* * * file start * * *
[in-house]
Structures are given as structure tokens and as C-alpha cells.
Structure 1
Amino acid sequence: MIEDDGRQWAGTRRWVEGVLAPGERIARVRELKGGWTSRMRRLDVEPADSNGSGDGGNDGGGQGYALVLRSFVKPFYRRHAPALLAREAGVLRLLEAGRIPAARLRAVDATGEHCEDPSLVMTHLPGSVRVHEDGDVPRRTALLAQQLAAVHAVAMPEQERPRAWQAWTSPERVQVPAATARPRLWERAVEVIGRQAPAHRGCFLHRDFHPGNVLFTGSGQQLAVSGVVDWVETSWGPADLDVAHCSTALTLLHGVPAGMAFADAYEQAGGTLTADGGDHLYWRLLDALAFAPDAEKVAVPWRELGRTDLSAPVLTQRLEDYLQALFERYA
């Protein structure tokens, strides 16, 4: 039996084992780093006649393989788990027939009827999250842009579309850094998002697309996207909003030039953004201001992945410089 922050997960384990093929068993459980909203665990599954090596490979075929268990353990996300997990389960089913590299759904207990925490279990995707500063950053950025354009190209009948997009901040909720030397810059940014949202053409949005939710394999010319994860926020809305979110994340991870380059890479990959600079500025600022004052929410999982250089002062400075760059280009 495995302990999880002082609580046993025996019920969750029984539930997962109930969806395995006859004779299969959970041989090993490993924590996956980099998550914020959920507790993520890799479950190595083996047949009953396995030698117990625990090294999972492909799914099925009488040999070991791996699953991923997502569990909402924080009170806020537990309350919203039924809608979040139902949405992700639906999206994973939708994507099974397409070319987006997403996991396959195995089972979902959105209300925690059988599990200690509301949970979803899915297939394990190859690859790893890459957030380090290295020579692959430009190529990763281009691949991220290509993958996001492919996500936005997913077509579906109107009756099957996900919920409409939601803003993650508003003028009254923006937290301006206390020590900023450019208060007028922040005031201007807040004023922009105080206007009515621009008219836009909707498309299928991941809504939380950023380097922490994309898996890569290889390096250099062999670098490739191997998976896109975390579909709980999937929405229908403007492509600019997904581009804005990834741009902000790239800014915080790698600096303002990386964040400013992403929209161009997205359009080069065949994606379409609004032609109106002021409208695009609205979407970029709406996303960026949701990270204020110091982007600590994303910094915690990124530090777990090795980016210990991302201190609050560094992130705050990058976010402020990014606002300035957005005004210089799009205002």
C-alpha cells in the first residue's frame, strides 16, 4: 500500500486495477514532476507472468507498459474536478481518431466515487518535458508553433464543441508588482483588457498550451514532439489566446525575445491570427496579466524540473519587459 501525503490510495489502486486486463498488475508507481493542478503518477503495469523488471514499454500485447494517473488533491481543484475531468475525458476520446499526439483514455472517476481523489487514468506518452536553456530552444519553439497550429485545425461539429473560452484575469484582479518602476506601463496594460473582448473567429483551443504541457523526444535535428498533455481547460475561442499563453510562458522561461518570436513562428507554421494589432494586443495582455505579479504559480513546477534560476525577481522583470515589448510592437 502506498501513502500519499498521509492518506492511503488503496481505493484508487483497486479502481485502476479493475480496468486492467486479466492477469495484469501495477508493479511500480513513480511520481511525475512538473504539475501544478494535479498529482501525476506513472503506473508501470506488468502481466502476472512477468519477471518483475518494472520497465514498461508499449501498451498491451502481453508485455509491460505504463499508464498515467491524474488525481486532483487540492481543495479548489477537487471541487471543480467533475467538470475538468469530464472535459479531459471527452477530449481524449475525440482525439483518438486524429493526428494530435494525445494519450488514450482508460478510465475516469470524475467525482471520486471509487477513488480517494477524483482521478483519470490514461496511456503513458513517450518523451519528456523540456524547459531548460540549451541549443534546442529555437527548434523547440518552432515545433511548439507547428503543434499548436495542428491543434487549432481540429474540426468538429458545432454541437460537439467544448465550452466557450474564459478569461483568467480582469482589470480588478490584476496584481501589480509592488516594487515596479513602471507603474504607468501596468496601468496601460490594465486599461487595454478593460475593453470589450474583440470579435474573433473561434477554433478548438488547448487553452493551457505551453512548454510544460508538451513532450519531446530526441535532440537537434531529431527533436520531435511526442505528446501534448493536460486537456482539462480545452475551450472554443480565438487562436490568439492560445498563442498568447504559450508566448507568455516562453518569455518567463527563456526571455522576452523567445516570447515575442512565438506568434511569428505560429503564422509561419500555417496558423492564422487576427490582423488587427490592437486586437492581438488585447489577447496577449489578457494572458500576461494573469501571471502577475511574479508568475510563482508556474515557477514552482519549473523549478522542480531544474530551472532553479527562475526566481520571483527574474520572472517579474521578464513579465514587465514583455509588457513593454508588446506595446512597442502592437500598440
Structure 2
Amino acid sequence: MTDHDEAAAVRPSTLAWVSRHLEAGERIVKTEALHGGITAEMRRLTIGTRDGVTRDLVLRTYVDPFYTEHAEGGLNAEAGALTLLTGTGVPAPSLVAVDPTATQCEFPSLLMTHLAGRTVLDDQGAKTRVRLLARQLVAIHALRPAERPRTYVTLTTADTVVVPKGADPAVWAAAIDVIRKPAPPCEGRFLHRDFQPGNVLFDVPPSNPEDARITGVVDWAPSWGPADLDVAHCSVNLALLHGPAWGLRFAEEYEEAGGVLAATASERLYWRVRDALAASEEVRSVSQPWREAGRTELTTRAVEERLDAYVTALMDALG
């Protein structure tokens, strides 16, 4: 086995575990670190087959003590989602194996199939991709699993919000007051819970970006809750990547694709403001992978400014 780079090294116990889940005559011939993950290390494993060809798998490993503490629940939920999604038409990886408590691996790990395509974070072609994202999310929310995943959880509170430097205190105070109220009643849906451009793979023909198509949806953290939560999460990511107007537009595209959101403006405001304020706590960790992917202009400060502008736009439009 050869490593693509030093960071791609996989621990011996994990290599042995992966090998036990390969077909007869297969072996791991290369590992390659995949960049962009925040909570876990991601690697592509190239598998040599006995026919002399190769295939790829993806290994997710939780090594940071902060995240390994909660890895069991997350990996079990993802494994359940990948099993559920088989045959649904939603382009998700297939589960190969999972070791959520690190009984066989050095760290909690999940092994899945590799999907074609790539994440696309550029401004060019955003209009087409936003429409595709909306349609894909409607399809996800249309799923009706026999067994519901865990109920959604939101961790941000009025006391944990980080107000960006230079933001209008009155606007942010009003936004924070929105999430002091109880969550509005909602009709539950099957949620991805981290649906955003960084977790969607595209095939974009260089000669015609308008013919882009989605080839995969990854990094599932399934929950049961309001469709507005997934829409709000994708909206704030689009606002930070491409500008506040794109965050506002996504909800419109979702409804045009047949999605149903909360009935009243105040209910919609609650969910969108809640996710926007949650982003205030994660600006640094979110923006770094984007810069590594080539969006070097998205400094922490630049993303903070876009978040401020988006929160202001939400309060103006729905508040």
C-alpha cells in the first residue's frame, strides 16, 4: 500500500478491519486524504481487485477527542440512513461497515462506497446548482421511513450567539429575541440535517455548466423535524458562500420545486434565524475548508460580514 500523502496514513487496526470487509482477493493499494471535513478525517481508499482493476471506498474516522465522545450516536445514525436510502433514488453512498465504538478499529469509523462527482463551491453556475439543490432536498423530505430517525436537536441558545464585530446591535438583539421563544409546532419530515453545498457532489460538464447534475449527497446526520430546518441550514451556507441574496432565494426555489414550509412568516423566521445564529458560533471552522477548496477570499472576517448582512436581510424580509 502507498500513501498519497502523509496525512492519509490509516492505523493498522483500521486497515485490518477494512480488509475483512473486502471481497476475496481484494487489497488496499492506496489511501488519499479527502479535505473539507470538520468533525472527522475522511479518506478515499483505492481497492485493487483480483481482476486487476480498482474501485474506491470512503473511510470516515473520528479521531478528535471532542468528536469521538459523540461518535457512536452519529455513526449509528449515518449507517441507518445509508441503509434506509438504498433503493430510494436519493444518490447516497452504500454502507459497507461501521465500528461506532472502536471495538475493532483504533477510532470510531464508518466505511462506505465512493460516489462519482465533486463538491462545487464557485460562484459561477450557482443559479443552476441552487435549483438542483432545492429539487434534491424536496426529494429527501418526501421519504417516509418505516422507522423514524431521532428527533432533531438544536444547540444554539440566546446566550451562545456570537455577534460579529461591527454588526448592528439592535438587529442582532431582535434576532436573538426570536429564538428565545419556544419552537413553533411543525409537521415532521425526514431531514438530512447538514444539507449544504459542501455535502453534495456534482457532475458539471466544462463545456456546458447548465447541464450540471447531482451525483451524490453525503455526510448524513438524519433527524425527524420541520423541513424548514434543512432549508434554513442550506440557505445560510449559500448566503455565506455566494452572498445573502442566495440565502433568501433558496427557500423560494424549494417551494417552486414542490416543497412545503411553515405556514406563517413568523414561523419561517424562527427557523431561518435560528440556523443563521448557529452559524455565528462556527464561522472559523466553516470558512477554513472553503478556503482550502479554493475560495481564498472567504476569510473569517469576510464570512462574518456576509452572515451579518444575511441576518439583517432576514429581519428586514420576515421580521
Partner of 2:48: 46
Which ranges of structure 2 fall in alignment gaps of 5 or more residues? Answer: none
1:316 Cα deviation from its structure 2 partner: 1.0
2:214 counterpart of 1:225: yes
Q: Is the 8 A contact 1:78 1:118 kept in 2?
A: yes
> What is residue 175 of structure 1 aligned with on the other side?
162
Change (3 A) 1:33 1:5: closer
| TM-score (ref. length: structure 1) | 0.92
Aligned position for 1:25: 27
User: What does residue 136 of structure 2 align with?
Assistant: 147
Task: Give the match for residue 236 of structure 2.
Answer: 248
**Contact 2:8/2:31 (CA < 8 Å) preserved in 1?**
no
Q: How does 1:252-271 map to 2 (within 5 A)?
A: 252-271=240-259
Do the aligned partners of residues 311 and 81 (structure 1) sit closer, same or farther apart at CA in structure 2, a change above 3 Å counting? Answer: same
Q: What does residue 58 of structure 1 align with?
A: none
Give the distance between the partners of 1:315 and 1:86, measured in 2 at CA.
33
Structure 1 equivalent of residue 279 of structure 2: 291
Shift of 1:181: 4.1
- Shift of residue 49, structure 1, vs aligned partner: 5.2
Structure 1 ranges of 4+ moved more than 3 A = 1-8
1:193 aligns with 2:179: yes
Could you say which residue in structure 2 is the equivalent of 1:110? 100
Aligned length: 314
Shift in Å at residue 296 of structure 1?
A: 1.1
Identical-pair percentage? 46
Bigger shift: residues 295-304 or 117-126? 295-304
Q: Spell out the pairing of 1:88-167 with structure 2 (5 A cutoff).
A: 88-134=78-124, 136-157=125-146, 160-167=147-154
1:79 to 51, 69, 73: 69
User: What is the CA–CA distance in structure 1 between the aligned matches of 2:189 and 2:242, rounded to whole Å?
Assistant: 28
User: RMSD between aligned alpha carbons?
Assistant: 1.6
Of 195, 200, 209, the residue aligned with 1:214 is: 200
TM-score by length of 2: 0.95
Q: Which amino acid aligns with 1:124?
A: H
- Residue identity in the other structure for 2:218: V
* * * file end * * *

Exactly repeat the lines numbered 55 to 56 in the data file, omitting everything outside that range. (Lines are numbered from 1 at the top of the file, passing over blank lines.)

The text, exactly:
Q: Which amino acid aligns with 1:124?
A: H